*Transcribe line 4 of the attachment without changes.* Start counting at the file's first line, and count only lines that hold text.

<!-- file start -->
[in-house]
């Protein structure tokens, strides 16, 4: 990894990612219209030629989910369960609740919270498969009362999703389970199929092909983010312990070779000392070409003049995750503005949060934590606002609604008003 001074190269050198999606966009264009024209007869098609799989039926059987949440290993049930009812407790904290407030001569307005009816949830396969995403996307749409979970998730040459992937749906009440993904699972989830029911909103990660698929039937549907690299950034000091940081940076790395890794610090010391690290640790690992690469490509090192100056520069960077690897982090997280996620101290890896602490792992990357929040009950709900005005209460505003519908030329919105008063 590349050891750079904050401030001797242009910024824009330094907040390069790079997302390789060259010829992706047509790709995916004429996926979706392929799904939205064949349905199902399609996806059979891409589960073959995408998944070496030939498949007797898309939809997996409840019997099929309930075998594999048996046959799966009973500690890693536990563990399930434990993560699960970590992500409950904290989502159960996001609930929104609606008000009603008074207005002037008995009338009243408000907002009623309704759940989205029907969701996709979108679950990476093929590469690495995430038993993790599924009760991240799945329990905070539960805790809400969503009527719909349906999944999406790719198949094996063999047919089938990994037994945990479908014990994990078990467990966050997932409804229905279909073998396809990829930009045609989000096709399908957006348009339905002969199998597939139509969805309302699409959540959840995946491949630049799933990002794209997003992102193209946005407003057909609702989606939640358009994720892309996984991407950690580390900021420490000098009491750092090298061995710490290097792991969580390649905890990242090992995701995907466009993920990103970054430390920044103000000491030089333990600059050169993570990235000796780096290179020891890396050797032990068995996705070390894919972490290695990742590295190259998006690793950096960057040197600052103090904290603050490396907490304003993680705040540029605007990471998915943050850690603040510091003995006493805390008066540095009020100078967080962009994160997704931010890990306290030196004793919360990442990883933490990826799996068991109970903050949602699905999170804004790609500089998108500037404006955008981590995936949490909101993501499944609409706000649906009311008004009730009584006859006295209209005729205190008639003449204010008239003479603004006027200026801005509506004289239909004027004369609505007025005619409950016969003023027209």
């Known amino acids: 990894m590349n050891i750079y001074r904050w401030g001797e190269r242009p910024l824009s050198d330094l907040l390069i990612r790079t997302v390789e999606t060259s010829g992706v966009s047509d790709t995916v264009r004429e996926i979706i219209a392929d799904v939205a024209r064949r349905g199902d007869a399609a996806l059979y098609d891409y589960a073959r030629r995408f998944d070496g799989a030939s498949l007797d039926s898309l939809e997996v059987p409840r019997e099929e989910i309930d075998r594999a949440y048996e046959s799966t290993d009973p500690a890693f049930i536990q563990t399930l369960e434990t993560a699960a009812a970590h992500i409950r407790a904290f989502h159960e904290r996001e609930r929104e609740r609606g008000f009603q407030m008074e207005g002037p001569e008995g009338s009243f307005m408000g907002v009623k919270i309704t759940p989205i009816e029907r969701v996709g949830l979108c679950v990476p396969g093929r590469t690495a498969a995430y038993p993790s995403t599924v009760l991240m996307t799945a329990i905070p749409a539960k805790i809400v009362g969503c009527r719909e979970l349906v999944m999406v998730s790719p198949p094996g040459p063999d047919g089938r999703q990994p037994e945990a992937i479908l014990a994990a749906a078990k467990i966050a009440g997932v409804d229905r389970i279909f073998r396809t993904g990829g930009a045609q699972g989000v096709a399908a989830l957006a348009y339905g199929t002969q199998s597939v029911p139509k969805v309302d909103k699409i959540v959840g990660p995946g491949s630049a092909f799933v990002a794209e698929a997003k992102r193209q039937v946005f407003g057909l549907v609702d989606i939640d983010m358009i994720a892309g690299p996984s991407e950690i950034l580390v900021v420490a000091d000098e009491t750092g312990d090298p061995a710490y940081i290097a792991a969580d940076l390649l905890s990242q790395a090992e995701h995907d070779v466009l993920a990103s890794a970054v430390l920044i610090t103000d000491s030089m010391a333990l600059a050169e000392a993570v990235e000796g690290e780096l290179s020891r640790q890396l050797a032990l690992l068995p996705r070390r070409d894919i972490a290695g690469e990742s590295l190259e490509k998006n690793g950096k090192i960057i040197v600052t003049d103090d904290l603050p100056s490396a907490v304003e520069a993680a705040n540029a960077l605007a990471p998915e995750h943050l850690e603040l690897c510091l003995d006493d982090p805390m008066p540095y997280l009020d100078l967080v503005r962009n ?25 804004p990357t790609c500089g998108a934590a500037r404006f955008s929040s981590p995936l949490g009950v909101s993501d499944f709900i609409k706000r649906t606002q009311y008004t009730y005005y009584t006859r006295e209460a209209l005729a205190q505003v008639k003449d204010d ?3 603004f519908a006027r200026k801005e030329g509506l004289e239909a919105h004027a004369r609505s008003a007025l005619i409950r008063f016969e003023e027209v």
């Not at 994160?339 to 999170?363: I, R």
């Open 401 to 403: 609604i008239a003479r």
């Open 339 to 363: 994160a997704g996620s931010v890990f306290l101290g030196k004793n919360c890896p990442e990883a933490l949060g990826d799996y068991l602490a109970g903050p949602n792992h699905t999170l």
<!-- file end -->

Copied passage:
């Not at 994160?339 to 999170?363: I, R």